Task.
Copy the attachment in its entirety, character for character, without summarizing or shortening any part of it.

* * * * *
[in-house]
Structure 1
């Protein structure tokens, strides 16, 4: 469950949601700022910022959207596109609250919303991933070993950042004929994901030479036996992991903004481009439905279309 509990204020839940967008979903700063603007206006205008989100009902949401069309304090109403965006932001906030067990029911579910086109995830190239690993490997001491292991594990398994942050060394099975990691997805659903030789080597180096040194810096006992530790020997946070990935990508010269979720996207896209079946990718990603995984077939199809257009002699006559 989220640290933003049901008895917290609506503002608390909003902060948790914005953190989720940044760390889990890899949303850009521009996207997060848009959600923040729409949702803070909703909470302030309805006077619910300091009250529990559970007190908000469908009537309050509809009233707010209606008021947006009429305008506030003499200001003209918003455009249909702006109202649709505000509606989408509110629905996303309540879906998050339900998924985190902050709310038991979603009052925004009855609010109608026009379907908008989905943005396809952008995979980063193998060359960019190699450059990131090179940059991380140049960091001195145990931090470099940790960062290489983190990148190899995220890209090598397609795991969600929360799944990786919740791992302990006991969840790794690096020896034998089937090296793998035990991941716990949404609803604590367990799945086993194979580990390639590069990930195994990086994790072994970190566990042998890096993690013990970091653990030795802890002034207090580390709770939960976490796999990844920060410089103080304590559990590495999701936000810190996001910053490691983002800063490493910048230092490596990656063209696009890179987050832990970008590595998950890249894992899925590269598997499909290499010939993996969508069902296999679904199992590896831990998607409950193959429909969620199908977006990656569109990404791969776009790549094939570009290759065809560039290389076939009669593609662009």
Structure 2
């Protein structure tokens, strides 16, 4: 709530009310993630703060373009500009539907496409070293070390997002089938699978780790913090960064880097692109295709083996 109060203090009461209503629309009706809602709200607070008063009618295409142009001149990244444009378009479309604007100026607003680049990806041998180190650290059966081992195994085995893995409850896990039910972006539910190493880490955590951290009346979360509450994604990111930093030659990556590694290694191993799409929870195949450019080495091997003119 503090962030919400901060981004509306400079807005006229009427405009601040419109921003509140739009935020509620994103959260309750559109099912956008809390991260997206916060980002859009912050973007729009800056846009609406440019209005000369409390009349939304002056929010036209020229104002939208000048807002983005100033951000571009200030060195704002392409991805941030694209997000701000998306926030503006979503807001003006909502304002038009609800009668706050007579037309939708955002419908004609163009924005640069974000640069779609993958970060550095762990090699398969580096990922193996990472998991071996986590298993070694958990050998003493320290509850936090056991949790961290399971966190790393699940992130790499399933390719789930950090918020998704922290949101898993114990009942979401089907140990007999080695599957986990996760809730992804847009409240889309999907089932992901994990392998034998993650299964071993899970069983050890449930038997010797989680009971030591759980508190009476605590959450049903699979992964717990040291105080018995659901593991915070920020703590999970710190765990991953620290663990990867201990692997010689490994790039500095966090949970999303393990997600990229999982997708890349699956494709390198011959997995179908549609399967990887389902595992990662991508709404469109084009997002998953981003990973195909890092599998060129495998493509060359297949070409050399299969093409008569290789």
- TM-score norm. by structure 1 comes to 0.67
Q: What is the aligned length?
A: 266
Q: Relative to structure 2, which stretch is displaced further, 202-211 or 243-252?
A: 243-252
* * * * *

[in-house]
Structure 1
């Protein structure tokens, strides 16, 4: 469950949601700022910022959207596109609250919303991933070993950042004929994901030479036996992991903004481009439905279309 509990204020839940967008979903700063603007206006205008989100009902949401069309304090109403965006932001906030067990029911579910086109995830190239690993490997001491292991594990398994942050060394099975990691997805659903030789080597180096040194810096006992530790020997946070990935990508010269979720996207896209079946990718990603995984077939199809257009002699006559 989220640290933003049901008895917290609506503002608390909003902060948790914005953190989720940044760390889990890899949303850009521009996207997060848009959600923040729409949702803070909703909470302030309805006077619910300091009250529990559970007190908000469908009537309050509809009233707010209606008021947006009429305008506030003499200001003209918003455009249909702006109202649709505000509606989408509110629905996303309540879906998050339900998924985190902050709310038991979603009052925004009855609010109608026009379907908008989905943005396809952008995979980063193998060359960019190699450059990131090179940059991380140049960091001195145990931090470099940790960062290489983190990148190899995220890209090598397609795991969600929360799944990786919740791992302990006991969840790794690096020896034998089937090296793998035990991941716990949404609803604590367990799945086993194979580990390639590069990930195994990086994790072994970190566990042998890096993690013990970091653990030795802890002034207090580390709770939960976490796999990844920060410089103080304590559990590495999701936000810190996001910053490691983002800063490493910048230092490596990656063209696009890179987050832990970008590595998950890249894992899925590269598997499909290499010939993996969508069902296999679904199992590896831990998607409950193959429909969620199908977006990656569109990404791969776009790549094939570009290759065809560039290389076939009669593609662009």
Structure 2
């Protein structure tokens, strides 16, 4: 709530009310993630703060373009500009539907496409070293070390997002089938699978780790913090960064880097692109295709083996 109060203090009461209503629309009706809602709200607070008063009618295409142009001149990244444009378009479309604007100026607003680049990806041998180190650290059966081992195994085995893995409850896990039910972006539910190493880490955590951290009346979360509450994604990111930093030659990556590694290694191993799409929870195949450019080495091997003119 503090962030919400901060981004509306400079807005006229009427405009601040419109921003509140739009935020509620994103959260309750559109099912956008809390991260997206916060980002859009912050973007729009800056846009609406440019209005000369409390009349939304002056929010036209020229104002939208000048807002983005100033951000571009200030060195704002392409991805941030694209997000701000998306926030503006979503807001003006909502304002038009609800009668706050007579037309939708955002419908004609163009924005640069974000640069779609993958970060550095762990090699398969580096990922193996990472998991071996986590298993070694958990050998003493320290509850936090056991949790961290399971966190790393699940992130790499399933390719789930950090918020998704922290949101898993114990009942979401089907140990007999080695599957986990996760809730992804847009409240889309999907089932992901994990392998034998993650299964071993899970069983050890449930038997010797989680009971030591759980508190009476605590959450049903699979992964717990040291105080018995659901593991915070920020703590999970710190765990991953620290663990990867201990692997010689490994790039500095966090949970999303393990997600990229999982997708890349699956494709390198011959997995179908549609399967990887389902595992990662991508709404469109084009997002998953981003990973195909890092599998060129495998493509060359297949070409050399299969093409008569290789």
- TM-score norm. by structure 1 comes to 0.67
Q: What is the aligned length?
A: 266
Q: Relative to structure 2, which stretch is displaced further, 202-211 or 243-252?
A: 243-252